It is in the spirit of that type of transparency that I and others are striving to advance legislation like the OPEN Act to combat the unfair digital imports that infringe on American intellectual property. Under the leadership of Chairman Baucus, I am planning hearings in the Senate Finance Subcommittee on Trade to be sure the U.S. is advancing global free-trade disciplines on digital goods and services. And, after hearings and a good public vetting, several colleagues and I aim to push legislation that prevents discriminatory taxes on digital goods and services and the mobile services that are increasingly the gateway to the Internet.

I will conclude by first giving my thanks to everyone at CDT for inviting me here tonight and for their help on so many issues over the years. CDT has played a key role again and again in helping policymakers think through complex technology policy questions and in explaining why these issues matter. I look forward to working with CDT to move from “e-government” to “we-government.”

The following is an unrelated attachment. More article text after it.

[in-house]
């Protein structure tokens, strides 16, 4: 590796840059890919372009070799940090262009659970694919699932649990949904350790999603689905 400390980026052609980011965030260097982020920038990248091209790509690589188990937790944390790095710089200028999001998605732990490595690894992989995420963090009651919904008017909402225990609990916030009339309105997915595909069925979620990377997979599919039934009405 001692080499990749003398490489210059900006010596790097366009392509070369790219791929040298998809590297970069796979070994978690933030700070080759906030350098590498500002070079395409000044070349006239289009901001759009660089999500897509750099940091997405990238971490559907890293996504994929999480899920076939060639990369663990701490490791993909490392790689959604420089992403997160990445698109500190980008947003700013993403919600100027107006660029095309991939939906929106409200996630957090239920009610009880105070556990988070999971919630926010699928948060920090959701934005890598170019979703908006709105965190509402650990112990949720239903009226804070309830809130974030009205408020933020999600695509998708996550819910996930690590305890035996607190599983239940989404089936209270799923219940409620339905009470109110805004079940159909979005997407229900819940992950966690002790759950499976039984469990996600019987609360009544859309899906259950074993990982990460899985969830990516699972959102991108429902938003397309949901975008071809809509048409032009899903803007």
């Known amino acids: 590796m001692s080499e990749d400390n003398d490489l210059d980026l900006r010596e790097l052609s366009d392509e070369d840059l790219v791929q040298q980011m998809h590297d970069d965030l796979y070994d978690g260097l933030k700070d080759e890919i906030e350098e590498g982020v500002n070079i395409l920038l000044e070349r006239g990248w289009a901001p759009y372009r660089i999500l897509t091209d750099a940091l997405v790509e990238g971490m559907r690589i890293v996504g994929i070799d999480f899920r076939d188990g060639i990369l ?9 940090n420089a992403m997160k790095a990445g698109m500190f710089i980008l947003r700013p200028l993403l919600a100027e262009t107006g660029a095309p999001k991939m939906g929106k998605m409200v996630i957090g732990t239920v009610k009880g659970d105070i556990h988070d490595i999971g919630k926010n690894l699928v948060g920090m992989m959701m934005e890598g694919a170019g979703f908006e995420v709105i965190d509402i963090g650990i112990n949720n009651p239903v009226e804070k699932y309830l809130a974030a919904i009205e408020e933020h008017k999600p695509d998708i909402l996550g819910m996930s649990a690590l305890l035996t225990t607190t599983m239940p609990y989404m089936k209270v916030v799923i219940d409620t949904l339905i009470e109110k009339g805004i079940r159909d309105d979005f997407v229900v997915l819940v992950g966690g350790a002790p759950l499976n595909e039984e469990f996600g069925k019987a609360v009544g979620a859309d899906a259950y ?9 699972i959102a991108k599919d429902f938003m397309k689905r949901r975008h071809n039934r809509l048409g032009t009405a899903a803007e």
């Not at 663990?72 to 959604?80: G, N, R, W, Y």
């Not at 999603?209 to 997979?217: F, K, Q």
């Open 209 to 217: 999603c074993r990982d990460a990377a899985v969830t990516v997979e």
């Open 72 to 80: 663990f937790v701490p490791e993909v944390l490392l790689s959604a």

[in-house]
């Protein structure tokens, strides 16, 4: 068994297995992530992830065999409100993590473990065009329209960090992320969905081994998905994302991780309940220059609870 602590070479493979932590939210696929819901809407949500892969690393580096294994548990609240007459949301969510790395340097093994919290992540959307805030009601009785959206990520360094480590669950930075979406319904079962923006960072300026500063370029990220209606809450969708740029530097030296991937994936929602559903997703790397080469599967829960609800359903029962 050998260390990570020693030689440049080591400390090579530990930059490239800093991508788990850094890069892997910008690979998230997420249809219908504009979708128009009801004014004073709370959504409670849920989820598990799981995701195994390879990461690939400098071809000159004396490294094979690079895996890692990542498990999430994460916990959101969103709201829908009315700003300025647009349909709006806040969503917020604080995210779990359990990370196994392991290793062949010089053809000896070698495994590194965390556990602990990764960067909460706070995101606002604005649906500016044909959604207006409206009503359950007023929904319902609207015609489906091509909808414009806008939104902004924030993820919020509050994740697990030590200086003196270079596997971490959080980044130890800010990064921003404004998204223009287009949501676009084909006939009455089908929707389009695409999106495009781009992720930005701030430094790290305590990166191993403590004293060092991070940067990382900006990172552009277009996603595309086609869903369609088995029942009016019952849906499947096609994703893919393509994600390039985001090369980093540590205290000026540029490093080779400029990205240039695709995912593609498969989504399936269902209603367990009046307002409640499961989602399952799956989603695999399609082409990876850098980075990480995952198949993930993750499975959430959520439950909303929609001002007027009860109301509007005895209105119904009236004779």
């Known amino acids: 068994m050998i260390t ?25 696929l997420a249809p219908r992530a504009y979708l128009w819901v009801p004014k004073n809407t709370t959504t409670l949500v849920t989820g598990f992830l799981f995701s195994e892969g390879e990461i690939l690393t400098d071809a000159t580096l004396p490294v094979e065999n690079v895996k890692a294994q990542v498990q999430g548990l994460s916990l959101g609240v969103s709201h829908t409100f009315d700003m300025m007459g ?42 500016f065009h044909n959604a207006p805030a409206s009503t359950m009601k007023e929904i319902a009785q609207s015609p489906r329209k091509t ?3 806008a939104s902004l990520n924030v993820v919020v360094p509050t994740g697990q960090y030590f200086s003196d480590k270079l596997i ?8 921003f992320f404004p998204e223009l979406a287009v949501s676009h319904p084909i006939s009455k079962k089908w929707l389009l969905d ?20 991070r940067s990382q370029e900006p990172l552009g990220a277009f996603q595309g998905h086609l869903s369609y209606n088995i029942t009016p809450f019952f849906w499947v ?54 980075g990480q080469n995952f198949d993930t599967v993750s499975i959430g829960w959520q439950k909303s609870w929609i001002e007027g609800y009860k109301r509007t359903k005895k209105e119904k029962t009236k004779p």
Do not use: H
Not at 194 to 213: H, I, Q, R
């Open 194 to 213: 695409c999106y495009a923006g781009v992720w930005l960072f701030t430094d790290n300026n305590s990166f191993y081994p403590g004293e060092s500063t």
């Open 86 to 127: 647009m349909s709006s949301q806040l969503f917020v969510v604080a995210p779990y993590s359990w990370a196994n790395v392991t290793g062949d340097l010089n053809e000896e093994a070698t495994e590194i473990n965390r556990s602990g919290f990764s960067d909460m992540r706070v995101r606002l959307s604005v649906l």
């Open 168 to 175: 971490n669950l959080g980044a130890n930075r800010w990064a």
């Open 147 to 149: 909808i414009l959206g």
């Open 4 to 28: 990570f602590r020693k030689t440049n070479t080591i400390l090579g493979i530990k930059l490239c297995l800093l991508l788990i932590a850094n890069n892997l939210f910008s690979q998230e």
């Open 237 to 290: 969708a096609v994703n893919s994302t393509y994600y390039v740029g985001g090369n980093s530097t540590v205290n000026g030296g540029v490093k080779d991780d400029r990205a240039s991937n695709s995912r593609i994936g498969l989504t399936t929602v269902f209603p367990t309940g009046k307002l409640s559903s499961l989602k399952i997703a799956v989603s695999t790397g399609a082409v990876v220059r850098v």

Secondly, I’ll leave you by stressing that innovation is the progeny of a government that encourages a broad competition for good ideas. When we promote innovation, we promote our future. Put another way, in the immortal words of one online innovator, “don’t put up a firewall, when we could have it all.” (And you thought all of the good music was in Austin.)

Thank you.

Speech of Brad Burnham: